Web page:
Scientists finally discover the “missing material” in the universe



Scientists from the University of Colorado Boulder have uncovered what may constitute some “lost material” that has been “hidden” in the universe since the Big Bang.

Astrophysicists have identified about two-thirds of the natural material believed to have been created when the universe arose. The international team claims scientists have found a “treasure” of ordinary matter that has not been discovered before.

The new material was called “missing baryon problem”.

The barion, or what is known as ordinary matter, differs from the elusive dark matter, which physicists believe constitutes 85% of the entire universe matter, which has never been seen, and is still a mystery.

In the new study, scientists from the University of Colorado Boulder analyzed the radiation of a pseudo-star, or “quasar”, and found that the “missing substance” existed as oxygen gas lines in the intergalactic vacuum. In these environments, temperatures were about 1 million degrees Celsius .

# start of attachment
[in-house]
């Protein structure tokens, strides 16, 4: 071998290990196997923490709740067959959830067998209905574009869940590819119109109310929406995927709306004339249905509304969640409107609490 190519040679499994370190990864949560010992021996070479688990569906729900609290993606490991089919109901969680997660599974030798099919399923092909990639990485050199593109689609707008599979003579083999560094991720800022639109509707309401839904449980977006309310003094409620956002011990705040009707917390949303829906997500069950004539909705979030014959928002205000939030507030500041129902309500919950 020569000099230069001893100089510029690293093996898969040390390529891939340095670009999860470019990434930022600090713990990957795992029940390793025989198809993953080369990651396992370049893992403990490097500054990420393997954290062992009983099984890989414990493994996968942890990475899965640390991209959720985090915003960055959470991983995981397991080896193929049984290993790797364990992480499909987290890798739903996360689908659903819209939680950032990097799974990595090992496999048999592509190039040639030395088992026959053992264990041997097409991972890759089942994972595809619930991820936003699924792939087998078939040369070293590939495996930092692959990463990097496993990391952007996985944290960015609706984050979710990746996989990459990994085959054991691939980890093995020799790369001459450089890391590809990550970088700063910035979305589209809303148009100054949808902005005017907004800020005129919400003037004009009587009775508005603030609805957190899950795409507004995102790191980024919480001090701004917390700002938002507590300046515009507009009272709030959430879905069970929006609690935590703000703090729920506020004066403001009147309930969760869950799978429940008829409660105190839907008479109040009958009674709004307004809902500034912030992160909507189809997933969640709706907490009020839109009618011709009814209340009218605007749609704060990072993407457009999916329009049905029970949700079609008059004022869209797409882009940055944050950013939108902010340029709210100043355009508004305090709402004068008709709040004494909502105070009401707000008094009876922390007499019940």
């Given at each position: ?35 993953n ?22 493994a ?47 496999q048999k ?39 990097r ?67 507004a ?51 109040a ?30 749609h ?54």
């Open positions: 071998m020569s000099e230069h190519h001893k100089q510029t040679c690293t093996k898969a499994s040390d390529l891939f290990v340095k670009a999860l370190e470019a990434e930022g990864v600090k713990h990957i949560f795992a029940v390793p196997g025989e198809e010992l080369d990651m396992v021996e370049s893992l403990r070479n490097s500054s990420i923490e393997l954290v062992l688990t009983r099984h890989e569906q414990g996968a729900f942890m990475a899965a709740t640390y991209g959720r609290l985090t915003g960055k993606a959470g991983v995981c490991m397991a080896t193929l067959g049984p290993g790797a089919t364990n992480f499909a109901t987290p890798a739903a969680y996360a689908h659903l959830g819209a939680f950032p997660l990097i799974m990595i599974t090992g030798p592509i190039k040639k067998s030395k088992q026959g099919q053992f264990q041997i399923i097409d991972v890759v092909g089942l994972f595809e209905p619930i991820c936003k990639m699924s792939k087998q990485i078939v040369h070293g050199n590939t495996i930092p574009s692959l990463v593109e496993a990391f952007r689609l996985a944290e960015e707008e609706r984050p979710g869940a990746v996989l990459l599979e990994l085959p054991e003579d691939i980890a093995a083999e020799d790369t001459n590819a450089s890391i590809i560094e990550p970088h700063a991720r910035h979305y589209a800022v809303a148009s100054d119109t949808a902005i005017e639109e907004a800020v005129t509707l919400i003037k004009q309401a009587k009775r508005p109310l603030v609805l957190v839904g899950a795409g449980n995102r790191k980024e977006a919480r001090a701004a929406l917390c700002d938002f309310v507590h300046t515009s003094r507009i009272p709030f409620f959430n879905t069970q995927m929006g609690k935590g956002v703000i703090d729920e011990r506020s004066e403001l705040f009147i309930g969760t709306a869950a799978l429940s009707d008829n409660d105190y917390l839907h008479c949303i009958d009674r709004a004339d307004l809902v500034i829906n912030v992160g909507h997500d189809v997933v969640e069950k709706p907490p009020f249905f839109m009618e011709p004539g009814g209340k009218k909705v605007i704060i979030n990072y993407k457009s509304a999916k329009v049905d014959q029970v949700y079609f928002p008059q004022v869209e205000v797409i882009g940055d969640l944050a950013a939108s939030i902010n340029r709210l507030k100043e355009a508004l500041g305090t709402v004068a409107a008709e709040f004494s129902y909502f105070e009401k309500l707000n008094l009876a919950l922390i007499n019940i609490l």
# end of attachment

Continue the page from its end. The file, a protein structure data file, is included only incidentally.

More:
“This is one of the basic pillars of the Big Bang test, that is, the discovery of hydrogen parion, helium and everything else in the periodic table,” said Michael Schul, co-author of the study.

The results come after 20 years of research according to scientists, and back to 2012, the researchers suggested that barions may be present in the “Web” known as the interstellar between hot galaxies (WHIM).

“This is where nature has become very abnormal,” Schul said. “This intergalactic medium contains gas filaments at temperatures ranging from a few thousand to several million degrees.”

Scientists looked at a false star called “1ES 1553”, the remains of a kind of oxygen gas ionized between the pseudo-stars and our solar system.

The researchers say further study is needed to confirm their findings and how oxygen gas has reached this place.


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